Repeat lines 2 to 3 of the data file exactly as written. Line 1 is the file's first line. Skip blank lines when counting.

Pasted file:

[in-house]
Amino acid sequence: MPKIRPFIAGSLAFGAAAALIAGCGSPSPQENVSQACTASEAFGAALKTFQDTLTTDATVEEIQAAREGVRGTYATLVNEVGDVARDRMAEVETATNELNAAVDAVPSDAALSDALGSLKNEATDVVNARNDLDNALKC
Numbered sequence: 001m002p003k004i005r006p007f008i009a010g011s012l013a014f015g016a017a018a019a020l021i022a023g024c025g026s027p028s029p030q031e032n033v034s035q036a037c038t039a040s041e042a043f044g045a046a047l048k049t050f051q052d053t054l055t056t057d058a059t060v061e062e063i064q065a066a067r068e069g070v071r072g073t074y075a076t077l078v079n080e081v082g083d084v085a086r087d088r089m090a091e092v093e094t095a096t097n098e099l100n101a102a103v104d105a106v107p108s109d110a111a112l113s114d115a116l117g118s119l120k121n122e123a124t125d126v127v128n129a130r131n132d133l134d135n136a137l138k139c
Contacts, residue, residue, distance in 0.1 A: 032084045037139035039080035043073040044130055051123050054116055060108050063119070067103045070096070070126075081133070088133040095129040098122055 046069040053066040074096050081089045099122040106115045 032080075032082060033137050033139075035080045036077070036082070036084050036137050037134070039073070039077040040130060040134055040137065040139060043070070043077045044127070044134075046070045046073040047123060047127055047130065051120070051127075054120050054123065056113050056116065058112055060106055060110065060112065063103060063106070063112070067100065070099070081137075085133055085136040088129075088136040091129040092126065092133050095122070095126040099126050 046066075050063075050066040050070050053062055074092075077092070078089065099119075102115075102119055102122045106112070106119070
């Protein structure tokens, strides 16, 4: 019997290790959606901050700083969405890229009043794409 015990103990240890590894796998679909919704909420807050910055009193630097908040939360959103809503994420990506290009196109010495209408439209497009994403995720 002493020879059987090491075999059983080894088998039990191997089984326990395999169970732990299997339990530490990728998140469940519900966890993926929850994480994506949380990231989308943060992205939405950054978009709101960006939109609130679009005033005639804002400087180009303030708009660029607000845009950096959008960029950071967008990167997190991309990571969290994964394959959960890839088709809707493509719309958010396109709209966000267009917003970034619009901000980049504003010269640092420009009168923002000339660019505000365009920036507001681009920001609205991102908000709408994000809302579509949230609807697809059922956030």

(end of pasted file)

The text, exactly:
Amino acid sequence: MPKIRPFIAGSLAFGAAAALIAGCGSPSPQENVSQACTASEAFGAALKTFQDTLTTDATVEEIQAAREGVRGTYATLVNEVGDVARDRMAEVETATNELNAAVDAVPSDAALSDALGSLKNEATDVVNARNDLDNALKC
Numbered sequence: 001m002p003k004i005r006p007f008i009a010g011s012l013a014f015g016a017a018a019a020l021i022a023g024c025g026s027p028s029p030q031e032n033v034s035q036a037c038t039a040s041e042a043f044g045a046a047l048k049t050f051q052d053t054l055t056t057d058a059t060v061e062e063i064q065a066a067r068e069g070v071r072g073t074y075a076t077l078v079n080e081v082g083d084v085a086r087d088r089m090a091e092v093e094t095a096t097n098e099l100n101a102a103v104d105a106v107p108s109d110a111a112l113s114d115a116l117g118s119l120k121n122e123a124t125d126v127v128n129a130r131n132d133l134d135n136a137l138k139c